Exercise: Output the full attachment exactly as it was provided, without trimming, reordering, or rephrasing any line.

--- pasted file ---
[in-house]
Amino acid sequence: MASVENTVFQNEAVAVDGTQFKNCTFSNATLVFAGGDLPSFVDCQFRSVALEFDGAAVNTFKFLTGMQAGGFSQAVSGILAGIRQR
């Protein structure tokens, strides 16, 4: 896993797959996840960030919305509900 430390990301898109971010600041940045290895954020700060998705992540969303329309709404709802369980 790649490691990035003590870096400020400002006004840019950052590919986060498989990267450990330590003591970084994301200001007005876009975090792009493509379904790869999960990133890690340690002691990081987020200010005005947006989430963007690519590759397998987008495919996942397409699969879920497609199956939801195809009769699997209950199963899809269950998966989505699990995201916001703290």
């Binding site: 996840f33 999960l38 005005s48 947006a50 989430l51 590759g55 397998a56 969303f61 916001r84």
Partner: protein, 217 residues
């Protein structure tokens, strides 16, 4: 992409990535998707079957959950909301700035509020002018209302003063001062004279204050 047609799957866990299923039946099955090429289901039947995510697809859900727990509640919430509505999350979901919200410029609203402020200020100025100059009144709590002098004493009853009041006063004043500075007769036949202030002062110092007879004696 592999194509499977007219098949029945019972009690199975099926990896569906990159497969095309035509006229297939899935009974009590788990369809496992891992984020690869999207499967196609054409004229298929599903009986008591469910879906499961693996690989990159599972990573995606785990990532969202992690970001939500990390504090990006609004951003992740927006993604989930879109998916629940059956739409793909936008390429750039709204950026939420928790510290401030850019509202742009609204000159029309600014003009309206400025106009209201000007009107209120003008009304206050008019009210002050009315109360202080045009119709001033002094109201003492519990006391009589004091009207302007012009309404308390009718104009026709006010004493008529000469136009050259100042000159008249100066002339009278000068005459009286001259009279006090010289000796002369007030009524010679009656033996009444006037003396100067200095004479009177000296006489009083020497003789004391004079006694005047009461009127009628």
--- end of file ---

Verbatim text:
[in-house]
Amino acid sequence: MASVENTVFQNEAVAVDGTQFKNCTFSNATLVFAGGDLPSFVDCQFRSVALEFDGAAVNTFKFLTGMQAGGFSQAVSGILAGIRQR
């Protein structure tokens, strides 16, 4: 896993797959996840960030919305509900 430390990301898109971010600041940045290895954020700060998705992540969303329309709404709802369980 790649490691990035003590870096400020400002006004840019950052590919986060498989990267450990330590003591970084994301200001007005876009975090792009493509379904790869999960990133890690340690002691990081987020200010005005947006989430963007690519590759397998987008495919996942397409699969879920497609199956939801195809009769699997209950199963899809269950998966989505699990995201916001703290």
């Binding site: 996840f33 999960l38 005005s48 947006a50 989430l51 590759g55 397998a56 969303f61 916001r84």
Partner: protein, 217 residues
């Protein structure tokens, strides 16, 4: 992409990535998707079957959950909301700035509020002018209302003063001062004279204050 047609799957866990299923039946099955090429289901039947995510697809859900727990509640919430509505999350979901919200410029609203402020200020100025100059009144709590002098004493009853009041006063004043500075007769036949202030002062110092007879004696 592999194509499977007219098949029945019972009690199975099926990896569906990159497969095309035509006229297939899935009974009590788990369809496992891992984020690869999207499967196609054409004229298929599903009986008591469910879906499961693996690989990159599972990573995606785990990532969202992690970001939500990390504090990006609004951003992740927006993604989930879109998916629940059956739409793909936008390429750039709204950026939420928790510290401030850019509202742009609204000159029309600014003009309206400025106009209201000007009107209120003008009304206050008019009210002050009315109360202080045009119709001033002094109201003492519990006391009589004091009207302007012009309404308390009718104009026709006010004493008529000469136009050259100042000159008249100066002339009278000068005459009286001259009279006090010289000796002369007030009524010679009656033996009444006037003396100067200095004479009177000296006489009083020497003789004391004079006694005047009461009127009628």